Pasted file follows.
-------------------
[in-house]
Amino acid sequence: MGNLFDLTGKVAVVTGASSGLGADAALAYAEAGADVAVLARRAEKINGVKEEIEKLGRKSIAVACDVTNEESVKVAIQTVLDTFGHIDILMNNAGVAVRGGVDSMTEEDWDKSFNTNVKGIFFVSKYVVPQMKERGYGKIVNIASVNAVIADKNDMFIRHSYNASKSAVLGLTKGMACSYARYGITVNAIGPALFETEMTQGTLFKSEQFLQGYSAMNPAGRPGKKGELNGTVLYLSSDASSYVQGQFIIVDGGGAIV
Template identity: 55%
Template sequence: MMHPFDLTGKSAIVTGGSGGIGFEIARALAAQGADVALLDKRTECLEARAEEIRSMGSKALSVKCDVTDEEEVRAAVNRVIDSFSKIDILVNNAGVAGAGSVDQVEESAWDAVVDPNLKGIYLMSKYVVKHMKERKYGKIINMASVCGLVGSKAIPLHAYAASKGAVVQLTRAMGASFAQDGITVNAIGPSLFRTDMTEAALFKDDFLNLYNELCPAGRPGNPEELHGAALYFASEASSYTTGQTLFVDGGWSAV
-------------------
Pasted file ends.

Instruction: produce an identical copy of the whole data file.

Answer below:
[in-house]
Amino acid sequence: MGNLFDLTGKVAVVTGASSGLGADAALAYAEAGADVAVLARRAEKINGVKEEIEKLGRKSIAVACDVTNEESVKVAIQTVLDTFGHIDILMNNAGVAVRGGVDSMTEEDWDKSFNTNVKGIFFVSKYVVPQMKERGYGKIVNIASVNAVIADKNDMFIRHSYNASKSAVLGLTKGMACSYARYGITVNAIGPALFETEMTQGTLFKSEQFLQGYSAMNPAGRPGKKGELNGTVLYLSSDASSYVQGQFIIVDGGGAIV
Template identity: 55%
Template sequence: MMHPFDLTGKSAIVTGGSGGIGFEIARALAAQGADVALLDKRTECLEARAEEIRSMGSKALSVKCDVTDEEEVRAAVNRVIDSFSKIDILVNNAGVAGAGSVDQVEESAWDAVVDPNLKGIYLMSKYVVKHMKERKYGKIINMASVCGLVGSKAIPLHAYAASKGAVVQLTRAMGASFAQDGITVNAIGPSLFRTDMTEAALFKDDFLNLYNELCPAGRPGNPEELHGAALYFASEASSYTTGQTLFVDGGWSAV